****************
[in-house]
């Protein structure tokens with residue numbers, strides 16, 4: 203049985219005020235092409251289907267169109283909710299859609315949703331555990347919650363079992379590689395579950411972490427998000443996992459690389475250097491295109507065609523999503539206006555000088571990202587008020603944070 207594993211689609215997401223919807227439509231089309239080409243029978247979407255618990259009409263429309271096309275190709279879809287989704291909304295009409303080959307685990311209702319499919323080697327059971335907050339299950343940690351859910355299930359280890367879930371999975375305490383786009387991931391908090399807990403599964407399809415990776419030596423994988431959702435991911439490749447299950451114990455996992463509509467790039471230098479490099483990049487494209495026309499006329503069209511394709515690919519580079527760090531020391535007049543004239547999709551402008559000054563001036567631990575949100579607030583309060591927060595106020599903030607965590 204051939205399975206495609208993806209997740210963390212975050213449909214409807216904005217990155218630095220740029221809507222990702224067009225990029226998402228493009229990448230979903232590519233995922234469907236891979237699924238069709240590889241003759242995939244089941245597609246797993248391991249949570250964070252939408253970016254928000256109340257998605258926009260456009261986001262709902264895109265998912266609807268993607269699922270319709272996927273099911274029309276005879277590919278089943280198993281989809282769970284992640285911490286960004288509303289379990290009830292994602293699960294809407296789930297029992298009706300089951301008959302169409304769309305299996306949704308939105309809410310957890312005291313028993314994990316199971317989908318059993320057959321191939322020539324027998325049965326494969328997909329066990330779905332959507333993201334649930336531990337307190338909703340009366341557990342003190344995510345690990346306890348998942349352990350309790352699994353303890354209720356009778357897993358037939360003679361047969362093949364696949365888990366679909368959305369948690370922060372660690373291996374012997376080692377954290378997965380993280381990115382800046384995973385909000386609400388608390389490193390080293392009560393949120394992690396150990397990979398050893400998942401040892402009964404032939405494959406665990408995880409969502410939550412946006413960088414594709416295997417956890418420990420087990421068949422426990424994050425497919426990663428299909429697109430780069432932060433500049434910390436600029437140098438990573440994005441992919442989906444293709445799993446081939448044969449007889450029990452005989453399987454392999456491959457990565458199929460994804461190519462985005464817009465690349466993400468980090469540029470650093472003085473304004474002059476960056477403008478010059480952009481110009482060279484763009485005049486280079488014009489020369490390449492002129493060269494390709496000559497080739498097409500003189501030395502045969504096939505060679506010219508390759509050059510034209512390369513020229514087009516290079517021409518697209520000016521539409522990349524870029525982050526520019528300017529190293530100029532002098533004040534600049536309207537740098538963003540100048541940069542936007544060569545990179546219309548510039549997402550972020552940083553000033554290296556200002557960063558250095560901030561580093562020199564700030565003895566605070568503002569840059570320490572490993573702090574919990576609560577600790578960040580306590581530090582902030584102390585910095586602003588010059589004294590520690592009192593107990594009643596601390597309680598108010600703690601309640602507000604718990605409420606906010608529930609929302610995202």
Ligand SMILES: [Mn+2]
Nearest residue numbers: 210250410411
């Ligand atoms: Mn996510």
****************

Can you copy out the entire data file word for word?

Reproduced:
[in-house]
């Protein structure tokens with residue numbers, strides 16, 4: 203049985219005020235092409251289907267169109283909710299859609315949703331555990347919650363079992379590689395579950411972490427998000443996992459690389475250097491295109507065609523999503539206006555000088571990202587008020603944070 207594993211689609215997401223919807227439509231089309239080409243029978247979407255618990259009409263429309271096309275190709279879809287989704291909304295009409303080959307685990311209702319499919323080697327059971335907050339299950343940690351859910355299930359280890367879930371999975375305490383786009387991931391908090399807990403599964407399809415990776419030596423994988431959702435991911439490749447299950451114990455996992463509509467790039471230098479490099483990049487494209495026309499006329503069209511394709515690919519580079527760090531020391535007049543004239547999709551402008559000054563001036567631990575949100579607030583309060591927060595106020599903030607965590 204051939205399975206495609208993806209997740210963390212975050213449909214409807216904005217990155218630095220740029221809507222990702224067009225990029226998402228493009229990448230979903232590519233995922234469907236891979237699924238069709240590889241003759242995939244089941245597609246797993248391991249949570250964070252939408253970016254928000256109340257998605258926009260456009261986001262709902264895109265998912266609807268993607269699922270319709272996927273099911274029309276005879277590919278089943280198993281989809282769970284992640285911490286960004288509303289379990290009830292994602293699960294809407296789930297029992298009706300089951301008959302169409304769309305299996306949704308939105309809410310957890312005291313028993314994990316199971317989908318059993320057959321191939322020539324027998325049965326494969328997909329066990330779905332959507333993201334649930336531990337307190338909703340009366341557990342003190344995510345690990346306890348998942349352990350309790352699994353303890354209720356009778357897993358037939360003679361047969362093949364696949365888990366679909368959305369948690370922060372660690373291996374012997376080692377954290378997965380993280381990115382800046384995973385909000386609400388608390389490193390080293392009560393949120394992690396150990397990979398050893400998942401040892402009964404032939405494959406665990408995880409969502410939550412946006413960088414594709416295997417956890418420990420087990421068949422426990424994050425497919426990663428299909429697109430780069432932060433500049434910390436600029437140098438990573440994005441992919442989906444293709445799993446081939448044969449007889450029990452005989453399987454392999456491959457990565458199929460994804461190519462985005464817009465690349466993400468980090469540029470650093472003085473304004474002059476960056477403008478010059480952009481110009482060279484763009485005049486280079488014009489020369490390449492002129493060269494390709496000559497080739498097409500003189501030395502045969504096939505060679506010219508390759509050059510034209512390369513020229514087009516290079517021409518697209520000016521539409522990349524870029525982050526520019528300017529190293530100029532002098533004040534600049536309207537740098538963003540100048541940069542936007544060569545990179546219309548510039549997402550972020552940083553000033554290296556200002557960063558250095560901030561580093562020199564700030565003895566605070568503002569840059570320490572490993573702090574919990576609560577600790578960040580306590581530090582902030584102390585910095586602003588010059589004294590520690592009192593107990594009643596601390597309680598108010600703690601309640602507000604718990605409420606906010608529930609929302610995202």
Ligand SMILES: [Mn+2]
Nearest residue numbers: 210250410411
């Ligand atoms: Mn996510």